India: Diwali

After five trips in a little under two years, it was about time that I finally experience Diwali in India.

The sights and sounds of arguably India's biggest festival hit me - almost literally - as soon as I got out of the airport and was traveling to the hotel.  Fireworks were going off everywhere.  You would have thought that the entire city turned into nothing but 8 year old boys on Tuesday evening, given the elaborate and chaotic pyrotechnic displays.  But because it was literally amateur hour, one such rocket careened right past my car.  Welcome back to lawless Mumbai!

The fireworks and revelry continued on late into the night and I was treated to several finales outside my hotel room window.  Marine Drive is lively at any point in the year but it really kicks it up a notch during festivals.  This would have been terribly romantic and fun to watch had it not been for the facts that a) I'm alone and b) I was trying to get into some decent sleeping rhythm.  Fireworks fail.

The next day was my first day back in the office.  As I reached the top of the stairs, one of the office boys was starting an elaborate sand art design on the floor. 

Somewhere midway through, however, it changed from being a Hindu god to a flower.  Delightful, nonetheless.  The office itself was decorated, too, in anticipation of the office Diwali party happening later that evening.

I was forewarned that all partygoers were requested to dress in traditional Indian attire and saris fit that bill.  As much as I love my sari (seriously, it's quite comfortable) there was no way I was squeezing in one more piece of clothing in my baggage, especially given my self-imposed carry-on only approach.  

My packing efficiency was not appreciated.  By noon, my office mates were already thinking of shops to try out in search of more appropriate party-wear for me.  By four o'clock, we were in a taxi and an hour after that, I had expanded my Indian wardrobe to now include a salwar kameez.  Lest you think this was a fast purchase, I must have tried on at least six or seven different outfits, each with random pom-pom trim, rich embroidery, sheer sleeves, you name it.  It kind of felt like I was a dress-up doll for my coworkers; Malibu Barbie gets replaced by Mumbai Barbie.

Anyway, let's get to the party.  Things kick off around 7 pm.  Mind you, I am working off of 3 hours of sleep (thank you, fireworks) and am utterly exhausted.  We hike our way up to the ninth floor of a nearby hotel where there is a new-to-me roof deck. The views were simply spectacular: the Taj Hotel dome was in one corner, the sea in another, and the skyline of south Mumbai was front and center.  I don't say this often but it was breathtaking.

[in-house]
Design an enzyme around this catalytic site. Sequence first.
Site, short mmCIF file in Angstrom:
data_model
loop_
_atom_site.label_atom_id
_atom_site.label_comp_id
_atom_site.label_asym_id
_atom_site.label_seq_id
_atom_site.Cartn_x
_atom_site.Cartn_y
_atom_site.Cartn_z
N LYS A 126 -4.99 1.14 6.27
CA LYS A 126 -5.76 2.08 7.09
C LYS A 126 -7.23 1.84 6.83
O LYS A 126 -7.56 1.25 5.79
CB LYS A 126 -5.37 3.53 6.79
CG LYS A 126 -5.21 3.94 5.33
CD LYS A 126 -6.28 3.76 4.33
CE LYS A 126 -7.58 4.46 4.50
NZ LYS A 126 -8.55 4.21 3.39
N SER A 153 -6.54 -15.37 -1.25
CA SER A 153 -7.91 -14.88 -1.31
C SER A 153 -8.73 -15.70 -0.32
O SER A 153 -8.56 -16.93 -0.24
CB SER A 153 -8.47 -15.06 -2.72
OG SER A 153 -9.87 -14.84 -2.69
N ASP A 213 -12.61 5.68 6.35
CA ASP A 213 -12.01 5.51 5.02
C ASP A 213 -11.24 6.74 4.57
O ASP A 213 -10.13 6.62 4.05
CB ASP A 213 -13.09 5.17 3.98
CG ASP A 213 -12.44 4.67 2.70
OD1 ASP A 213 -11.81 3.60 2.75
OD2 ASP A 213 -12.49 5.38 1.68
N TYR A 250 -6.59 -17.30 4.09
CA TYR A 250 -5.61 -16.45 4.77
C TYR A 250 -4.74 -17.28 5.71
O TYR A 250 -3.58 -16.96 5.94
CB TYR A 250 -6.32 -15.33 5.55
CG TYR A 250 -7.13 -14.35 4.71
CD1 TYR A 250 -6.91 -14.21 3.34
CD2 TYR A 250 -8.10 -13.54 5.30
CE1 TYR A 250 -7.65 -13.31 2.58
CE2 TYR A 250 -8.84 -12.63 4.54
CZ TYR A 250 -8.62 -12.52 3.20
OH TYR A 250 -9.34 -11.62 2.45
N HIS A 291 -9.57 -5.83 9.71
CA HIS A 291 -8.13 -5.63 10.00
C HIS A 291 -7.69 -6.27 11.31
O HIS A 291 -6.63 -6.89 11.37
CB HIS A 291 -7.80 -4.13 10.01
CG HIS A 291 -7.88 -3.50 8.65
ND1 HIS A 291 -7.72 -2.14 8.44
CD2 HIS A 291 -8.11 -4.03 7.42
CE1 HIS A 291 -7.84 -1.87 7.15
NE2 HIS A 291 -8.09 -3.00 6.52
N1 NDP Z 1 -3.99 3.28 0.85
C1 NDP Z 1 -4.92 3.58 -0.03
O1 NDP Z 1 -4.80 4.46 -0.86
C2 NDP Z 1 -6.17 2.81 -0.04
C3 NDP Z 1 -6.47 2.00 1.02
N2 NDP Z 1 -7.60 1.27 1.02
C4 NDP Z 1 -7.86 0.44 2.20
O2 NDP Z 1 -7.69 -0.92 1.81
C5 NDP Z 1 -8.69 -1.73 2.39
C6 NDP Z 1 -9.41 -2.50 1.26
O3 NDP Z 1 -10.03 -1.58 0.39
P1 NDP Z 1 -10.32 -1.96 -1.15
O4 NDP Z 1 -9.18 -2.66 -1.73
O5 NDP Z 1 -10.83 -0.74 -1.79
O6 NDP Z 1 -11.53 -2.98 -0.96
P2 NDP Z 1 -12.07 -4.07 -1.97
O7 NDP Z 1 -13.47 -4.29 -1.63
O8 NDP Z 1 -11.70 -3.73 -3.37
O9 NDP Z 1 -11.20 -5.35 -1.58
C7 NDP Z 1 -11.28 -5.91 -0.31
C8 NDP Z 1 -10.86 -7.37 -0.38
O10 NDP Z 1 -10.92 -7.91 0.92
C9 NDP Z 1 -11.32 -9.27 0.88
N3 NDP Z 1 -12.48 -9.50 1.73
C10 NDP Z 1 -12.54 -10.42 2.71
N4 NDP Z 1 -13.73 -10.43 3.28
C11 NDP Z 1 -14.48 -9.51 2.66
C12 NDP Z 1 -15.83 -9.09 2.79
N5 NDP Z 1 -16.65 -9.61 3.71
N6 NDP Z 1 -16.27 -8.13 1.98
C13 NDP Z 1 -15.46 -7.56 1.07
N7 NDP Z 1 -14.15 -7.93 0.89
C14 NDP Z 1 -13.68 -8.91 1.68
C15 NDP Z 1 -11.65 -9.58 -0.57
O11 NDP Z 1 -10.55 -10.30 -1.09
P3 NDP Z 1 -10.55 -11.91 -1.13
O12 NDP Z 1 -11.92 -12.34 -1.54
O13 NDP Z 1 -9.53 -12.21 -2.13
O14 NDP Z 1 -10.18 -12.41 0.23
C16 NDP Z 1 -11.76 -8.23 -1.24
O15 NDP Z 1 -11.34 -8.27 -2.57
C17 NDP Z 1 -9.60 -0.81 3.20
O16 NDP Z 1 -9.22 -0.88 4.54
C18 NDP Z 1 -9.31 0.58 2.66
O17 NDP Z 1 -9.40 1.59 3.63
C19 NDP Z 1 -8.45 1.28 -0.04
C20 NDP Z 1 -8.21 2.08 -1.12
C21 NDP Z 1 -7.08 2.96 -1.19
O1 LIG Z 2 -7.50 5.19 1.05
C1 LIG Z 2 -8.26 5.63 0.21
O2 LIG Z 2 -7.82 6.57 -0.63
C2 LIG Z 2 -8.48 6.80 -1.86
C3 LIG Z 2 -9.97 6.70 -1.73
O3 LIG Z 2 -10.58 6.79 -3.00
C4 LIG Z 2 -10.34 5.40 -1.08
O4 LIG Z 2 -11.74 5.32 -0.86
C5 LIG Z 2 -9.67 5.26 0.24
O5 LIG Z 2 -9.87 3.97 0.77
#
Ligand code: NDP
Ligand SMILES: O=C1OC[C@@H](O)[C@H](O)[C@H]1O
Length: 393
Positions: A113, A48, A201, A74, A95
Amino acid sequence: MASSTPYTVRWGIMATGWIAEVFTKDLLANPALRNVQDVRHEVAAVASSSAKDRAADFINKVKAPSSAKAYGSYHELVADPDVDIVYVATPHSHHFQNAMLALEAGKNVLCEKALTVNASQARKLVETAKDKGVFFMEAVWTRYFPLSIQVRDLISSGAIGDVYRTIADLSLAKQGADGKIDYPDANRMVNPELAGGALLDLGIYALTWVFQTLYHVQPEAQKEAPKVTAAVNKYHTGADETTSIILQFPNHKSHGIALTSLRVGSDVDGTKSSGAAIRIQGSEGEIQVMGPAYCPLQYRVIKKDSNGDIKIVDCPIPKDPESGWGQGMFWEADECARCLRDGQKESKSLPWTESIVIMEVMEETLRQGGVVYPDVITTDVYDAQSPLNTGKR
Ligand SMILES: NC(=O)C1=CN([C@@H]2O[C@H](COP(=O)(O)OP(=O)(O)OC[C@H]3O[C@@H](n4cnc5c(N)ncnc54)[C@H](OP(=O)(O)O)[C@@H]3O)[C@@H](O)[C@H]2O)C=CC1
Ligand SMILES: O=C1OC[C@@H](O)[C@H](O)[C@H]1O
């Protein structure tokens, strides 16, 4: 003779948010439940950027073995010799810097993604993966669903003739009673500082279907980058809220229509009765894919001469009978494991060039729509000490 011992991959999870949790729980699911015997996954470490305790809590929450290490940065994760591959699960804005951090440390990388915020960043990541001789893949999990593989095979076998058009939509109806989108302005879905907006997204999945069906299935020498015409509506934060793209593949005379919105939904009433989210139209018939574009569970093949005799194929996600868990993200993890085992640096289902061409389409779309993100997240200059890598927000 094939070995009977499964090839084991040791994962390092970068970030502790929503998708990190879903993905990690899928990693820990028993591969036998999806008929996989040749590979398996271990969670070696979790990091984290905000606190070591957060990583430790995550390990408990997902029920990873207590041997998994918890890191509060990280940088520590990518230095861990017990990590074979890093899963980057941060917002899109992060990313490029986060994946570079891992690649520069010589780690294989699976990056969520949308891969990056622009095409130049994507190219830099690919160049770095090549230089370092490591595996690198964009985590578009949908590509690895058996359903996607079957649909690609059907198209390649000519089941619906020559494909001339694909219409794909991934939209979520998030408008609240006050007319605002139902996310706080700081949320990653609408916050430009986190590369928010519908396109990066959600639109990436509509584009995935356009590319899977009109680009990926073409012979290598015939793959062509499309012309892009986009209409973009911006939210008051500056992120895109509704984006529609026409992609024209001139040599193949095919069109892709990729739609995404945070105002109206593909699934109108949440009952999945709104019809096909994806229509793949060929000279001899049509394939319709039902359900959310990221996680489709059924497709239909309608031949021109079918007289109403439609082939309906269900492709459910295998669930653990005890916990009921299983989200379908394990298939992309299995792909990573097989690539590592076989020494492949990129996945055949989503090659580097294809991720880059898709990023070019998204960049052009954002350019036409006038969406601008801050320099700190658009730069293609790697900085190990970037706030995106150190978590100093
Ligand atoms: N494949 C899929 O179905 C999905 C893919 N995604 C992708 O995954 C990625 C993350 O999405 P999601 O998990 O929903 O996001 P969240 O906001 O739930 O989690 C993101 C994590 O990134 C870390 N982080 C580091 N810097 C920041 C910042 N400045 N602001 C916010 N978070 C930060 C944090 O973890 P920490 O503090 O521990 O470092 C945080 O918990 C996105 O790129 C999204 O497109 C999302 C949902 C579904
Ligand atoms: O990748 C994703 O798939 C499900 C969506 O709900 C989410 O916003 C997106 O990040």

The party starts out like any standard office party, with people behaving all civilized and such, boys on one side, girls on the other. 

Someone decided enough was enough, however, and in short order chairs were being arranged for a drinking game.  Apparently having everyone sit classroom-style while they chug beers makes it easier for the referee to catch cheaters. 

Ahhh! Victory!

Several rounds of the same ensue until yet another person decides this is not bringing the requisite party atmosphere.  Solution?  Bollywood dance music, naturally!

Notice that I am not in any of these photos.  Instead, I am off to the side, exhibiting the finest jet-lagged face I possess:

But fear not.  My sympathetic office mates sure know how to take advantage of me when I'm down.  I was out on the dance floor and even managed to get some wrist-twisting, hip-slinging, floor-pounding moves in, thanks to a couple of enthusiastic instructors.  Under normal circumstances I avoid dancing at all costs.  And I don't know if it was the perfect mix of no sleep and several beers, but dancing on a rooftop in Mumbai will always be one of my favorite memories.


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